Is it not apparent that a law which requires of one man conduct· ing a laundry business, employing one or more persons, a license of $25, and of another man. conducting such a business a license of $15, is subjecting the one to a burden not imposed upon the other? This fourteenth amendment to the constitution has been consid· ered in several decisions of the supreme court. In the case of Ex parte Virginia, 100 U. S. 339, that court said of that amendment:
"It suffers no other or greater burdens or charges to be laid upon one than such as are equally borne by others."
Again, in considering it, the supreme court, in the case of Barbier v. Connolly, 113 U. S. 27,31,5 Sup. Ct. 359, said:
"That no impediment shall be I,nterposed to the pursuits of !lny one except as applied to the saine pursuits by others under like circumstances; that no greater burdens should be laid upon one than are laid UPQn others in the same calling arid conditiQn."
In the case of Yick W 0 v.HOpkins, 118 U. S. 356,6 Sup. Ot. 1070, the supreme court, affirming the rule expressed in the foregoing decisions, said:
"The fQurteenth amendment to the cQnstitutiQn is not confined to the protectiQn Qf citizens. It says: 'Nor shall any state deprive any. person Qf life, liberty or property without due process of law, nor deny to any persQn within its jUrisdiction -the equal protection of the law.' These prQvisions are UDi-
IN BE YOT SANG.
"ersal In their application to all persons within the territorial jurisdiction, without regard to any difference of race or color, or of nationality, and the equal protection of the laws is a pledge of the protection of equal laws."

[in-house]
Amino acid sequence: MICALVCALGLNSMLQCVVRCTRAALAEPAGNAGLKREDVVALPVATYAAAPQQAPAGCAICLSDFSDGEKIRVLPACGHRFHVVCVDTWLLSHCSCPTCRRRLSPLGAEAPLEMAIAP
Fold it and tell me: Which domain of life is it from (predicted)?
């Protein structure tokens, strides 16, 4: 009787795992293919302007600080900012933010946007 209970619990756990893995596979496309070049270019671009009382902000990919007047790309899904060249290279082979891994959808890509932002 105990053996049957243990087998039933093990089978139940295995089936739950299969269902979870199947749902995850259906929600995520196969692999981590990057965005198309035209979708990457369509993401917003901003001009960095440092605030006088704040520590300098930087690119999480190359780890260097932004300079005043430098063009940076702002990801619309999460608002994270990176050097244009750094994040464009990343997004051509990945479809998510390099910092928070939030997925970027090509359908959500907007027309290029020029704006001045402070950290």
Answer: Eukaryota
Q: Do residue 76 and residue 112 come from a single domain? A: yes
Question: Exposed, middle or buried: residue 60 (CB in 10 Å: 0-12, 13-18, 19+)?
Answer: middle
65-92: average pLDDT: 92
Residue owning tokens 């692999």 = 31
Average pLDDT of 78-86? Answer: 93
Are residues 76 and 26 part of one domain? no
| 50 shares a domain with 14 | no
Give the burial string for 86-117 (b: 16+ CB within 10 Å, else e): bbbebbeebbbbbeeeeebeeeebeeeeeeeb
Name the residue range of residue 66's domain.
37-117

Unless there is something so different in the conducting of a laundry by steam to that of the carrying on of that business by any other means, the law providing a different and more excessive license for the conducting of such business other than by steam is unequal and unjust. It is not claimed that the mode of carrying on a laundry by means other than steam is more dangerous to health than a steam laundry, or that it is more conducive to the spread of fire. It is not perceived that this enacting a different license for one mode of conducting such a business from that imposed upon the other is in furtherance of the well-recognized police power of the state. It may be said that the state may have wished to encourage steam laundries. ff so, it had no right to do it at the expense of any person carrying on such a business other than by means of steam. Such an argument would imply that it was in the power of a state to force a man who conducted a business in one mode to abandon the same in order that he who conducted such business in an· other mode should be encouraged and built up. The laundry business is the same whether conducted in one mode or in another. If an additional burden can be placed upon a man because he conducts that business by means other than steam, of $10 per quarter, then it could be advanced to $1,000 a quarter. It is not contended that the conducting of a laundry by means other than steam involves a greater outlay of capital, or that a greater amount of business is conducted thereby than by steam. To a man of ordinary observation the reverse would seem to be the fact. It is not that a license cannot be graduated in accordance with the amount of busi· ness. It is urged, however, that, where the same business is con· ducted by different modes, it is unjust, and in violation of the rule that each man should have the protection of equal laws, to place upon one a greater burden than upon the other. If the mode of conducting a business is subject to a license, then all progress could be delayed. It seems to me that in this case it appears that an addi· tional burden is cast upon those conducting the business of a laundry other than by steam, where one or more persons are employed, than is imposed upon those conducting a steam laundry, and that no conditions are presented which would justify the state in adding this additional burden. It is therefore held that the arresting of Yot Sang for the refusal to take out a license, and pay therefor $25, be· fore he could conduct a laundry business in which one or more per· sons were employed, the same being other than steam, was void, by virtue of the said fourteenth amendment to the constitution. It is therefore ordered that he be discharged from further custody by said Sheriff Jurgens.